Onshore repowering can benefit wider economy. Earlier this year the UK Government announced that onshore wind would be eligible to compete in the fourth Contracts for Difference (CfD) allocation round in 2021, a welcome outcome which will help ensure onshore developments will play a prominent role in the ‘green recovery.’ The CfD announcement is a positive step forward and should only be viewed as the beginning of enhanced Government support for UK renewables which has an opportunity to become an economic powerhouse. According to Thrive Renewables, a key renewable energy investor, with increased governmental support 45,000 new jobs could be created in renewables, with the potential to inject £28.9bn. Repowering involves either extending the life of the existing turbines on operational wind farm sites or, more commonly, removing existing turbines and replacing them with entirely new machinery. In weighing up whether either of these options is viable, developers must consider a number of important factors including costs, planning, land, public perception, environmental impact and technical requirements. Repowering projects involving new, technologically improved turbines on existing sites will incur increased capital expenditure and decommissioning costs but this can be offset by significantly increased capacity and energy yield. Using new turbines with higher tip heights can, however, impact the visual amenity of a project and potentially create opposition from local communities or other anti-wind farm groups.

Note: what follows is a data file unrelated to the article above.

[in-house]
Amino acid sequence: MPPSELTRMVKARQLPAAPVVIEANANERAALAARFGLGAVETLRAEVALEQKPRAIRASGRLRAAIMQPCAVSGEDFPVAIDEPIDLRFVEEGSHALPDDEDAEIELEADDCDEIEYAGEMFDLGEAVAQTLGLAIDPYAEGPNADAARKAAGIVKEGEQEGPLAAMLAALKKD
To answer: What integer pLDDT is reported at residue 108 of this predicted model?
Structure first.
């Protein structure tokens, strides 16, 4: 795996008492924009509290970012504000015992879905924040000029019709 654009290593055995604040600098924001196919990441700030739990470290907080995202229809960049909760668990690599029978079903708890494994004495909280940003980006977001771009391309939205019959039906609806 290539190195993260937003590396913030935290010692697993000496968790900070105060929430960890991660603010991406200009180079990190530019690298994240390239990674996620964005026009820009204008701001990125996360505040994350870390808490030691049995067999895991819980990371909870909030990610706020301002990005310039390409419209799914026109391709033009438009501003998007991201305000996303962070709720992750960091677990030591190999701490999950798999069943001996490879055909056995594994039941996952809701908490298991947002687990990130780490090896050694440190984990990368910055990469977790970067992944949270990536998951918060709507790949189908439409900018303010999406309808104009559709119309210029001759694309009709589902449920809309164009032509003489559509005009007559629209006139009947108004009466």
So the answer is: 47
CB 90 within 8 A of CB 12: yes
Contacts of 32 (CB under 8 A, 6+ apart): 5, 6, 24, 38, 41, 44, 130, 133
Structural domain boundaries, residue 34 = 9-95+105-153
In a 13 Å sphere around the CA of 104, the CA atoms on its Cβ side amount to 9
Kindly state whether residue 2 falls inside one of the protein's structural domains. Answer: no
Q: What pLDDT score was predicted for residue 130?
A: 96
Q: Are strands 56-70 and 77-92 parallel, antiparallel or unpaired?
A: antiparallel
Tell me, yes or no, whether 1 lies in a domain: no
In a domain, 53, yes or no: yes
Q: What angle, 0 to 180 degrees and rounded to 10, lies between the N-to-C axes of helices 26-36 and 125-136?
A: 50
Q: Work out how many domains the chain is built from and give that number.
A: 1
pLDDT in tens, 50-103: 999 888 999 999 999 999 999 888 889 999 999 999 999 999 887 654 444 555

Energy Voice 22nd Sept 2020 read more »